The charcter 築 means to fabricate, build or construct, and also appears in such words as 築く (kizuku – to build, construct, erect, amass), 築山 (tsukiyama – artificial hill), and 築後 (chikutē – landscape gardening).
Over the past week or so there has been some building work going on in my house, so it’s been a bit chaotic. The central heating system has now been replaced and I finally have a warm house, which is very nice. It’s all running on electricity (before I had a gas boiler) and is powered partly by my solar panels. Next I’m having a small bathroom installed downstairs, and the kitchen roof needs replacing.
Are there any words you’ve come across recently that appeal to your ears?
A way to say excuse me in Irish is gabh mo leithscéal, which is pronounced [ˌɡɔ mə ˈlʲɪʃceːl̪ˠ] or something like that. If you’re talking to two or more people, you would say gabhaigí mo leithscéal. There are similar phrases in Scottish Gaelic – gabh mo leisgeul, and Manx – gow my leshtal. These mean literally “take my excuse”.
The first word in these phrases comes from the Old Irish gaibid [ˈɡavʲiðʲ] (to grasp or receive), from the Proto-Celtic *gabyeti (to grab, seize, take or hold), from Proto-Indo-European *gʰeh₁bʰ- (to grab or take) [source].
Related words in other languages include gafael (to hold, grasp, grip) in Welsh, gavel (capacity, grasp) in Cornish, gable in English, and words for to have in Romance languages, such as avere in Italian and avoir in French [source].
The second word in these phrases means my, and the third one means excuse. The words for excuse come from the Old Irish leithscél / leithsgéal / leithsgéul (excuse), from leth (half, side, direction) and scél (story), so an excuse is a “half story” [source].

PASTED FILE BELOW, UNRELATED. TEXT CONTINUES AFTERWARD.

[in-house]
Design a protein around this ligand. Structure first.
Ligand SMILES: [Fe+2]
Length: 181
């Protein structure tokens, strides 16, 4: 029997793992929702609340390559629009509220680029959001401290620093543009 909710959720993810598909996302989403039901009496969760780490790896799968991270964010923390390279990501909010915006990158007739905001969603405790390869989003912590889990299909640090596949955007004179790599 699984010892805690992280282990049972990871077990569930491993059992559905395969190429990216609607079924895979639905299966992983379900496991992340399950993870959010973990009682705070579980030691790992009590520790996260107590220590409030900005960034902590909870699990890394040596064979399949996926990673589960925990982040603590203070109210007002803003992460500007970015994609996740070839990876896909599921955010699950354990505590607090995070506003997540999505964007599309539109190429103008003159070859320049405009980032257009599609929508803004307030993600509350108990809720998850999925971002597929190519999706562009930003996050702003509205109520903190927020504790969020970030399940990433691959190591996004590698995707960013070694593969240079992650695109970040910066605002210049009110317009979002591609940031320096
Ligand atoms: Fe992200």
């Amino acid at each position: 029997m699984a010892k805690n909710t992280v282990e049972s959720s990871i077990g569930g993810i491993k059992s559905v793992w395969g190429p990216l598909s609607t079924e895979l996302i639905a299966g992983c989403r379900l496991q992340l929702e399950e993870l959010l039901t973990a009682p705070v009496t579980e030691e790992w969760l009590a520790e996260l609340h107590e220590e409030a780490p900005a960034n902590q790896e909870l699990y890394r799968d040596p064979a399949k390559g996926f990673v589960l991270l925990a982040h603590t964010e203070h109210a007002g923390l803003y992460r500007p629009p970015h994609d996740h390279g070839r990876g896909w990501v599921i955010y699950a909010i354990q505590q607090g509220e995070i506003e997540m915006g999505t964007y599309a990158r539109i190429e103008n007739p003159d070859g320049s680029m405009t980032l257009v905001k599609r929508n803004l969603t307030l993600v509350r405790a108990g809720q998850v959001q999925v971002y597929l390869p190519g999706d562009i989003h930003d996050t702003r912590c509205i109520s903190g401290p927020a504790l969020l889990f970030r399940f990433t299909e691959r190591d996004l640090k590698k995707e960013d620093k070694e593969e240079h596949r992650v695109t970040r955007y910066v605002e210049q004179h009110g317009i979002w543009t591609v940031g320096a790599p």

A related word in Irish is leithscéalach (fond of excuses, apologetic). There’s a similar word in Scottish Gaelic: leisgeulach (excusing, apologetic) and in Manx: leshtallagh (apologetic, apologist, excuser, extenuating).
There have been a number of articles recently about how the meaning behind ancient cave paintings has been discovered. For example, The article in The Guardian has the headline “Amateur archaeologist uncovers ice age ‘writing’ system” with the subheading “‘Lunar calendar’ found in caves may predate equivalent record-keeping systems by at least 10,000 years”.
The amateur archaeologist in question is Ben Bacon, and he worked with academics from Durham University and University College London. The cave paintings have been found in France and Spain, and in other parts of the world, and date from between about 10,000 and 73,000 years ago [source]. They depict various animals, people and other things, and include recurring patterns of dots, lines and other marks. The researchers believe that the marks represent a kind of lunar calendar which shows the birth cycles of the animals. Other information may be encoded in the paintings as well, however this is not yet understood.
This is not a writing system that represents language, as far as we known, but is a form of visual communication.